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The Jewel of Overtown: Lyric Theater to reopen

Highly anticipated debut in the works

Carla St.Louis | 2/6/2014, 9 a.m.
When it comes to the Lyric Theater, Timothy Barber can spend hours on end discussing it’s glory days as Little ...

Kamila Pritchett, the development coordinator at Black Archives, echoed Barber’s comments. “What goes in [in terms] of funding, training and cultural arts comes right back out to the community,” she said. “I am ecstatic to be apart of this revitalization to show people what’s great about Overtown so they can invest and return to its past glory.”

Barber hopes to accomplish his goal by attracting a large pool of “new donors and sponsors” who will continue supporting the Lyric Theater. In 2009, the Black Archives launched the ‘Take Your Seat’ campaign, a philanthropic measure to raise funds for its operations where donors could purchase a seat in the name of family members for $350 to $1,000. The campaign raised over $47,000 with the assistance of 51 individuals.

The City of Miami Southeast Overtown Park West Community Redevelopment Agency recently granted the theater a $572,000 grant to support operations and programing.

Jobs to Overtown

Another facet of Barber’s vision is to systematically bring jobs to Overtown, an issue he spoke candidly about.

“We are trying to change the perception of Overtown,” he said. “At the end of the day, this is a tourist destination.”

“We make it a priority to always start our hiring process by actively recruiting unemployed residents of Overtown,” said Pritchett.

Hence why the Lyric Theater hired 60 new employees in guest services, technical support and parking in preparation for its soft grand-opening that’s scheduled for February 6th at 7 pm. The invite-only opening will include a screening of the documentary, The Black Miami by co-director and producer Carlton Smith. Commissioner Audrey Edmonson will be recognized for her assistance in obtaining general funding.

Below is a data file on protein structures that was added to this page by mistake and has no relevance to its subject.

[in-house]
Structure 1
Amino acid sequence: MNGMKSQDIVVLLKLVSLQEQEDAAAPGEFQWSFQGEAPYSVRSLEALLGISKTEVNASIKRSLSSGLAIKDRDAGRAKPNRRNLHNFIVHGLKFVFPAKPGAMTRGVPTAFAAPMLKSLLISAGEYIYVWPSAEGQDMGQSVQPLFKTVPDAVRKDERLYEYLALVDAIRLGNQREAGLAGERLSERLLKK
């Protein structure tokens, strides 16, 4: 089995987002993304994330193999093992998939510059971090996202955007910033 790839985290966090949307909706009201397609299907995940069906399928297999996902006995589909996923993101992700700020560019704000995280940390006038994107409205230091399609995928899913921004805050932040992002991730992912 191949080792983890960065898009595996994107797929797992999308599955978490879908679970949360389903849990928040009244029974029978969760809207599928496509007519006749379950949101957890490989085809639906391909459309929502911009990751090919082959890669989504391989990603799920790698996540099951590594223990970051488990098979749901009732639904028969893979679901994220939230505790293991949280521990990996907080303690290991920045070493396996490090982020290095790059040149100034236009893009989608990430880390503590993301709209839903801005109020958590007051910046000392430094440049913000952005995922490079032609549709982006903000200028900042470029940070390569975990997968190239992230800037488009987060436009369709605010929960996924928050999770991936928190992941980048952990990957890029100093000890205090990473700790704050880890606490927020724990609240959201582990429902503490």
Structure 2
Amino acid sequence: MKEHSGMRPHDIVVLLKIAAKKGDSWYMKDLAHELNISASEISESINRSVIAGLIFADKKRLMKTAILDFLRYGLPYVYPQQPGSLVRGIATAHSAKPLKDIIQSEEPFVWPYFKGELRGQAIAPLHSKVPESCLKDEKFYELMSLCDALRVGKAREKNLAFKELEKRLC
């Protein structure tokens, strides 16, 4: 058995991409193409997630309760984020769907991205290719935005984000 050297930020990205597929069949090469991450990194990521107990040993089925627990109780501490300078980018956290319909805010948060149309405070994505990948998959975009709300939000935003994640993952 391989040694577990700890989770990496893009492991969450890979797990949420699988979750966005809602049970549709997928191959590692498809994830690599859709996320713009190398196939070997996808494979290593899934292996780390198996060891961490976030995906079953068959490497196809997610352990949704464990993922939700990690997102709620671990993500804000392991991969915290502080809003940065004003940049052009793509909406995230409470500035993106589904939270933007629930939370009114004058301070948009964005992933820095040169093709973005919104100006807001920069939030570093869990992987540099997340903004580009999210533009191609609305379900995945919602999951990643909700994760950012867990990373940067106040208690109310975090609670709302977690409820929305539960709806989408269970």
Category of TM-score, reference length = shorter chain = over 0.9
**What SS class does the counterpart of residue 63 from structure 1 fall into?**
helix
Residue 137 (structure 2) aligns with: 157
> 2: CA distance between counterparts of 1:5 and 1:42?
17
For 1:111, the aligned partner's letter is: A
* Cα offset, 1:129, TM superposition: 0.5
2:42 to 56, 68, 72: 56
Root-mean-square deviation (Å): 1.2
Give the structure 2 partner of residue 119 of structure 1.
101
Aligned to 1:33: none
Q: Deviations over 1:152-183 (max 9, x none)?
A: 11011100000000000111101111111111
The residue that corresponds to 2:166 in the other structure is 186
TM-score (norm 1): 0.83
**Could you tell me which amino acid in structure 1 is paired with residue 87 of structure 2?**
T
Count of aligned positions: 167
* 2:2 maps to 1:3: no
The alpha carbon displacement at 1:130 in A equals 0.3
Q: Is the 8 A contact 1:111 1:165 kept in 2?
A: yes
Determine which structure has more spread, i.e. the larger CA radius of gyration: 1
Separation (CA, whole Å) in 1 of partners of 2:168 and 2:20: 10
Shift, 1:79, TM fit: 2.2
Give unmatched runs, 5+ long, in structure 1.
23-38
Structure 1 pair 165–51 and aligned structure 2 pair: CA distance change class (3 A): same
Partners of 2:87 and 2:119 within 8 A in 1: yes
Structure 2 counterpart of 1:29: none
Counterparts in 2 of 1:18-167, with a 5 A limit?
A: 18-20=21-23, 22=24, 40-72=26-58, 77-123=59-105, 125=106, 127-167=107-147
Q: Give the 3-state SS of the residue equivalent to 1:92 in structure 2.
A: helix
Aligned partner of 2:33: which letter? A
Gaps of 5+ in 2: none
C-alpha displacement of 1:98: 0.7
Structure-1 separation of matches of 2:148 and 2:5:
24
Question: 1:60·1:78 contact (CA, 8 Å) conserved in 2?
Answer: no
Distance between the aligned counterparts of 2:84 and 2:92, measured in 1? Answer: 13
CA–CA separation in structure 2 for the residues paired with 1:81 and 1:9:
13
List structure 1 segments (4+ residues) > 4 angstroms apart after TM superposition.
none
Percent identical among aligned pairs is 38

All employees live within Overtown, and Black Archives educated them with an interactive job training workshop that included segments on professional development, stress management and resolving issues with hospitality. Skills that Barber stressed are necessary for a “customer-friendly workforce” that will assist in giving “tourists the full Overtown experience.”

Marcus Powell, 32, a resident of Overtown with a criminal background, greatly appreciates Black Archives employment initiative.

“From day one, despite me being a laborer I’ve never felt judgement from management,” Powell said during a training session. “Just because I live in Overtown it doesn’t mean that I should be labelled a First 48. The Lyric Theater is changing that dynamic. The Black Archives is basically fighting for us.”

Hired temporarily through Overtown’s Community Redevelopment Agency, Powell worked in the beautification team removing rocks and debris from the theater’s site before he was hired full-time.

“I like the fact that they’re bringing work to Overtown residents — especially jobs that normally would have gone to Spanish laborers,” he said. “Black Archives is actively fighting to bring jobs here which is respectable even for people with criminal backgrounds.”

“I believe that over one hundred years later the community continues to look to the Lyric for jobs, culture and entertainment,” said Jenkins Fields.

For 2014, the Lyric Theater will relaunch Lyric Live, a showcase event that features local performers hosted by comedian, Chello on February 7th. To buy tickets, log on to http://lyriclive.eventbrite.com

To contribute financially to the Lyric Theater, participate in its ‘Take Your Seat’ campaign by contacting Pritchett at 305-636-2390.

For more information, log on to http://theblackarchives.org